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Port Arthur community calls for federal investigation into plant polluting minority communities with harmful chemicals

“The particular metal is especially breached because it can cause various lung ailments, heart disease, and even some forms of cancer."

PORT ARTHUR, Texas — The Port Arthur community is calling for a federal civil rights investigation into the state for allowing a plant to operate without modern pollution control.

The Port Arthur Community Action Network represented by Lone Star Legal Aid and the Environmental Integrity Project held a press conference Wednesday morning to announce the request for an investigation.

They are asking the Environmental Protection Agency to step in on what they call a pollution problem that disproportionately impacts communities of color across the city.

Oxbow Calcining Plant is one of the largest sources of sulfur dioxide pollution in Texas, and according to state data, it released about 22 million pounds of sulfur dioxide each year from 2016 through 2019.

The chemical is extremely harmful to the respiratory system.

“The particular metal is especially breached because it can cause various lung ailments, heart disease, and even some forms of cancer,” John Beard, PACAN executive director, said.

Unlike most modern industrial facilities, the Oxbow plant does not have a pollution control device called a scrubber to capture sulfur dioxide.

“This particular facility is producing 92% of the sulfur dioxide air pollution in Jefferson County because it lacks those emission controls,” said Amy Dinn, Managing Attorney of Environmental Justice Team.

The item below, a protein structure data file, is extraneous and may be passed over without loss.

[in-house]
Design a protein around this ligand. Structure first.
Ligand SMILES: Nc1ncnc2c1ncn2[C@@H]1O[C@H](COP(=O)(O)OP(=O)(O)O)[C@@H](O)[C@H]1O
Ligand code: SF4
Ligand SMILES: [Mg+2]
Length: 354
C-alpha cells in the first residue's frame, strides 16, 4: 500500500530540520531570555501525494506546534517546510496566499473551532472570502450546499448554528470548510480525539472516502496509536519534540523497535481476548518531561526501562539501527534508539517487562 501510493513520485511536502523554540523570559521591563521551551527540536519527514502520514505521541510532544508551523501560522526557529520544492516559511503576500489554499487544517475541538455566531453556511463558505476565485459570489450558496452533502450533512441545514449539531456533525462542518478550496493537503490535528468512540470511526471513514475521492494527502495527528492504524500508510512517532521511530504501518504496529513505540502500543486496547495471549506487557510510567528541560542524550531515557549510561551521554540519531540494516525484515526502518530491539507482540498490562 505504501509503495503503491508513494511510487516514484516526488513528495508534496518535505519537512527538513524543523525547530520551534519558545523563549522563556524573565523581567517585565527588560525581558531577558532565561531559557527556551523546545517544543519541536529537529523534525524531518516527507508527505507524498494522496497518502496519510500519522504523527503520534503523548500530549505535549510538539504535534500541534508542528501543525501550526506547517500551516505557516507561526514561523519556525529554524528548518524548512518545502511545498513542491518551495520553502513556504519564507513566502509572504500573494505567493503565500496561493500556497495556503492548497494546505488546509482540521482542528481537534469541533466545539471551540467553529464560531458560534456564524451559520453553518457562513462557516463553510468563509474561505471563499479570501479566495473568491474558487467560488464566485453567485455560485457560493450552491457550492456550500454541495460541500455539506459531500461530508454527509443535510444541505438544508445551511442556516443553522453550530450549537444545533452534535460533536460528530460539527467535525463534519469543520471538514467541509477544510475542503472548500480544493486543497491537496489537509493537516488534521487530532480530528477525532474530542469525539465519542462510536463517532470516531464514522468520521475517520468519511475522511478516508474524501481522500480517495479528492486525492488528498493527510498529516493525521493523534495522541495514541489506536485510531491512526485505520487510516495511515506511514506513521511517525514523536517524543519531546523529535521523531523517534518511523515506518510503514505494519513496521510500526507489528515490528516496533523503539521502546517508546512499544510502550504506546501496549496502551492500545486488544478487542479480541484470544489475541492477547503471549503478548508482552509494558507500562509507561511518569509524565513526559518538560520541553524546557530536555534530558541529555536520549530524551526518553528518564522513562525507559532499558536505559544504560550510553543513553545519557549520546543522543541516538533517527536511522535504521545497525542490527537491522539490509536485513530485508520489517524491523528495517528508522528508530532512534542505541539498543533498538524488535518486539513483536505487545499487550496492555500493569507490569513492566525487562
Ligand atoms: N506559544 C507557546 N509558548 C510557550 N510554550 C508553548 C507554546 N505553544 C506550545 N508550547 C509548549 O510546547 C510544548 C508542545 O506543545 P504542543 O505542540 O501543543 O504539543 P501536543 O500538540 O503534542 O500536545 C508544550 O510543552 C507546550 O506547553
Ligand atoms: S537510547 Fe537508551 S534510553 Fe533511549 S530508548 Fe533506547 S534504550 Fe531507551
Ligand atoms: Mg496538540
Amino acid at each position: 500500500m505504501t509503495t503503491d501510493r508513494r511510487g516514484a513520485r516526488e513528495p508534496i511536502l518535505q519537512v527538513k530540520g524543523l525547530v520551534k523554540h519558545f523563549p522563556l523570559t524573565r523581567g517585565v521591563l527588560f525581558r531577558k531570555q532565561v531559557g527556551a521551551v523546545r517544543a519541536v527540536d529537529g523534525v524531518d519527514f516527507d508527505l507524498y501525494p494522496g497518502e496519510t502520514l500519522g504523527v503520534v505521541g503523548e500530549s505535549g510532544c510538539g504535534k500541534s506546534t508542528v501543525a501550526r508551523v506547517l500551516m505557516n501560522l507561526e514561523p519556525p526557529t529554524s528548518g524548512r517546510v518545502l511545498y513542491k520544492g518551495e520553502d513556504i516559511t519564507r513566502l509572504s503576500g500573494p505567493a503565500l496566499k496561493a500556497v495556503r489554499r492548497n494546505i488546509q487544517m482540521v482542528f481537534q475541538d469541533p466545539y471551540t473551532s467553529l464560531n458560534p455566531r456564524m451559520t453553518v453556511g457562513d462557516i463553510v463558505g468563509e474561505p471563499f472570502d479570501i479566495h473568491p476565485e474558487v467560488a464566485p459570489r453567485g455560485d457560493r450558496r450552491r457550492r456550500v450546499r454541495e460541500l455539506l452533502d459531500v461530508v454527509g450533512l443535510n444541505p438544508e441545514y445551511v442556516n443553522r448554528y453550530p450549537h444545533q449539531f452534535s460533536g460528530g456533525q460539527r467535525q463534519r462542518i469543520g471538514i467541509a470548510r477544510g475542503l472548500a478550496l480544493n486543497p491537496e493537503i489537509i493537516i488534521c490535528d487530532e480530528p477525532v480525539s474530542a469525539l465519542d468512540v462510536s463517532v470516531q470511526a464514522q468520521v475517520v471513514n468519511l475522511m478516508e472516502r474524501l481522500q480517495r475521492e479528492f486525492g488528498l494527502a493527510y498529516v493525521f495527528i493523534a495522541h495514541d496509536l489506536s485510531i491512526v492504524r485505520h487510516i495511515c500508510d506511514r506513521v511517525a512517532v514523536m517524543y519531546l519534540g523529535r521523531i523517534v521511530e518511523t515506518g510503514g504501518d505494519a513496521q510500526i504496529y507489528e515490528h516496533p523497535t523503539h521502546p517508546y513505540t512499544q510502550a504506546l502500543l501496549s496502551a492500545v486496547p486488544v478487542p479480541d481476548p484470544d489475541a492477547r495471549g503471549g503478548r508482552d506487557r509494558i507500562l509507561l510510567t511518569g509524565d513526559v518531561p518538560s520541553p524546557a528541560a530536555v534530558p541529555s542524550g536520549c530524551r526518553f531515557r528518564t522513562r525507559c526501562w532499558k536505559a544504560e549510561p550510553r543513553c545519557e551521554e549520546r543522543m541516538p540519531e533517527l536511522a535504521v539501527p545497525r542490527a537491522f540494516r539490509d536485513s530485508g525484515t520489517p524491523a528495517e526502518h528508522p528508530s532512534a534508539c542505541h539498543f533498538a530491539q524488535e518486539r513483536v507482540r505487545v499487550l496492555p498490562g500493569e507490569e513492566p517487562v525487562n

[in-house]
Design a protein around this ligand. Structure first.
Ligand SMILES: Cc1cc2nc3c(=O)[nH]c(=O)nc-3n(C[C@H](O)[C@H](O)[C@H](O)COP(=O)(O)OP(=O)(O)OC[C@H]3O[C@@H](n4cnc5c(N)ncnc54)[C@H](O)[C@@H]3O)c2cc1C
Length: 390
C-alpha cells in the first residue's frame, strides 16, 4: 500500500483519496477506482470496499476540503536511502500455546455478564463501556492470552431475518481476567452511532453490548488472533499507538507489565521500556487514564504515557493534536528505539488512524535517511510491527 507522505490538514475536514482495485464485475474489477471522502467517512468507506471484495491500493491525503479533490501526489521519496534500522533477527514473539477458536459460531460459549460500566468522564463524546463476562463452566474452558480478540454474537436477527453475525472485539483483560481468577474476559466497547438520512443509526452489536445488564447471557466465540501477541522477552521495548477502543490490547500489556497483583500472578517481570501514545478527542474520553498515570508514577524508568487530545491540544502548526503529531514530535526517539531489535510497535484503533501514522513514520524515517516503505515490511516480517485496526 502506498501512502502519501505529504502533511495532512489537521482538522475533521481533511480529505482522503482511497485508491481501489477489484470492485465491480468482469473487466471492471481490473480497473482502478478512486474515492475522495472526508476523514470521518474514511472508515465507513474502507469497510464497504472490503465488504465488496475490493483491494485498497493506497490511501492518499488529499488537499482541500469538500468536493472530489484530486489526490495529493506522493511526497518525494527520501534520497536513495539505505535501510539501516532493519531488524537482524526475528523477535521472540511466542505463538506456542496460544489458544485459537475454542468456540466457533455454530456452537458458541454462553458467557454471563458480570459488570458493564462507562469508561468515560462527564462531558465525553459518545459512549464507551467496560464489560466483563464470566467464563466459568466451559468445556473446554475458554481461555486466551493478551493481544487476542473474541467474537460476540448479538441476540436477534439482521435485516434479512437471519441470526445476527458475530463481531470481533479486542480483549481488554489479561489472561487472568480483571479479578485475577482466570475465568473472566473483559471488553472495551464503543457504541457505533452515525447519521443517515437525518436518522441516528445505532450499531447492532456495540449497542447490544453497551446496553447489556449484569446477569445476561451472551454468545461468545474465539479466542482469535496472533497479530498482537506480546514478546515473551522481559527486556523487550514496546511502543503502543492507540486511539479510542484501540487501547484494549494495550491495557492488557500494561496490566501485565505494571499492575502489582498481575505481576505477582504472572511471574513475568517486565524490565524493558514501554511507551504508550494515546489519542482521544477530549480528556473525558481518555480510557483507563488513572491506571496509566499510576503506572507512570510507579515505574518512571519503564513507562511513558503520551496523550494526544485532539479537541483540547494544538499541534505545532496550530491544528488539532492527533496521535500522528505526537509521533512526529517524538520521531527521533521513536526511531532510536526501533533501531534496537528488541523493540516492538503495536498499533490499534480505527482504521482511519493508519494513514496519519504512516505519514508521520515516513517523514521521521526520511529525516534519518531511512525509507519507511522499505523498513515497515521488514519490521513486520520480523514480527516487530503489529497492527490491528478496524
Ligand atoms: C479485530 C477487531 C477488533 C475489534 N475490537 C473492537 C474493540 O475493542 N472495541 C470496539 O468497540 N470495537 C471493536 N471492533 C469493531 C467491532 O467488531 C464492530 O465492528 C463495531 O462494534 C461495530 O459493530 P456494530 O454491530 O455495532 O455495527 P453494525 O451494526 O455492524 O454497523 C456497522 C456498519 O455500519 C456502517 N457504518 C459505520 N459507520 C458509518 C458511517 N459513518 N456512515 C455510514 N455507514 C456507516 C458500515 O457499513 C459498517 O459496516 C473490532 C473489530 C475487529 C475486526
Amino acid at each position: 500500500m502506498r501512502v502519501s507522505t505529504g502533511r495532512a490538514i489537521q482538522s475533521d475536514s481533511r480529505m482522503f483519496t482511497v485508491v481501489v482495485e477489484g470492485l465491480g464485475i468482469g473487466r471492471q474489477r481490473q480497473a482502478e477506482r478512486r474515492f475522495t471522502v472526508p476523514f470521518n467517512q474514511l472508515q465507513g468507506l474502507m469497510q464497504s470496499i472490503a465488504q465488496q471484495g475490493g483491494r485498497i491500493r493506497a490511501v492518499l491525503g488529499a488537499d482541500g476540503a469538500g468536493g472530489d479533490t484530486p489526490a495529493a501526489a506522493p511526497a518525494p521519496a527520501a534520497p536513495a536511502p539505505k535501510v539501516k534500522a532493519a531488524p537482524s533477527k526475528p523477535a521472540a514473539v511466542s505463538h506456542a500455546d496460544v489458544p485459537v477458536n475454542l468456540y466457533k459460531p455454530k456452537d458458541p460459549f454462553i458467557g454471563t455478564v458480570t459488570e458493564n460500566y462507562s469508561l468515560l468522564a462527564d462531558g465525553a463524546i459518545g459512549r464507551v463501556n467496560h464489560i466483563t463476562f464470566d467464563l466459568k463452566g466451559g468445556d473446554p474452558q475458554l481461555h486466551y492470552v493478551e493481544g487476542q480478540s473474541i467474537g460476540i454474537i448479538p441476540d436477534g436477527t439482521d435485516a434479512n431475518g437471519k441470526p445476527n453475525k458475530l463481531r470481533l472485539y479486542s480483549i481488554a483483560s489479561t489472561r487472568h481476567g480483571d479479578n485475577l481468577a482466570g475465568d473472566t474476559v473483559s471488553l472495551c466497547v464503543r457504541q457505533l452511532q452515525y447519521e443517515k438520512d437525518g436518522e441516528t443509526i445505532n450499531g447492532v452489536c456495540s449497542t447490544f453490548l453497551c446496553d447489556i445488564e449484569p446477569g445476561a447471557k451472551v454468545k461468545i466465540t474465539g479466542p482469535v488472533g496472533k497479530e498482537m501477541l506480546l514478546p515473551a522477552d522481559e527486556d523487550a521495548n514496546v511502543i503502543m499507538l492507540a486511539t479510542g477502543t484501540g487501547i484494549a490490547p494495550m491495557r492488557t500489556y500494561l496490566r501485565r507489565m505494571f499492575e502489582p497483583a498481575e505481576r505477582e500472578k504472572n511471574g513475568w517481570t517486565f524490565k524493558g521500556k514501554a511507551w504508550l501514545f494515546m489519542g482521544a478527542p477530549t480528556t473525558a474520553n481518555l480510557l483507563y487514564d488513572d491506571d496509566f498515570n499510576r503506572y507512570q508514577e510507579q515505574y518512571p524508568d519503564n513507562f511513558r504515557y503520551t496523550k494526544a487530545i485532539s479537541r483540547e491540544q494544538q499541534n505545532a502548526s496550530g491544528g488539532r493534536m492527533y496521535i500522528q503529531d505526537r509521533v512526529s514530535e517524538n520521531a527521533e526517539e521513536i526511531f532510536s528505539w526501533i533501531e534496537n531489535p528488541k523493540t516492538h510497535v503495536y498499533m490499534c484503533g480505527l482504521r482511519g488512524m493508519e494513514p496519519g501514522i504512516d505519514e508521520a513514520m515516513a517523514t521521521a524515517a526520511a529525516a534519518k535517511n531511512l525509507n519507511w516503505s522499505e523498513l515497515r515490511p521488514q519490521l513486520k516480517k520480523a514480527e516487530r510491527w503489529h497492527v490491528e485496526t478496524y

The Oxbow Petroleum Coke Plant has been a staple of Port Arthur for 85 years, but it has not been the best neighbor, Dinn said.

The group of environmentalists alleges that the Texas Commission of Environmental Quality violated Title 6 by issuing air pollution control permits to Oxbow, but failing to require pollution control devices.

Due to this impacting a predominantly minority community, PACAN is asking EPA to investigate whether TCEQ violated the Civil Rights Act of 1964, which prohibits discrimination on the basis of race, color, or national origin in any program or activity that receives federal funds.

“The 2,624 residents live within three miles of this facility. Ninety-eight percent of whom are people of color and 62 percent who are lower income and disproportionately baring the impacts of this air pollution on a daily basis” Dinn said.

President Joe Biden administration's EPA promised to prioritize environmental justice issues and PACAN plans to hold them accountable.

“What better place to show you're going to put your money where your mouth is and do the right thing to help people in these types of communities that are impoverished and that have health issues," Beard said.  

An Oxbow representative stopped by the press conference and declined a comment to the potential investigation

In addition to demanding an investigation, PACAN is asking TCEQ to issue a stronger air pollution control permit for Oxbow and make sure its terms are in compliance with health-based air quality standards for sulfur dioxide.

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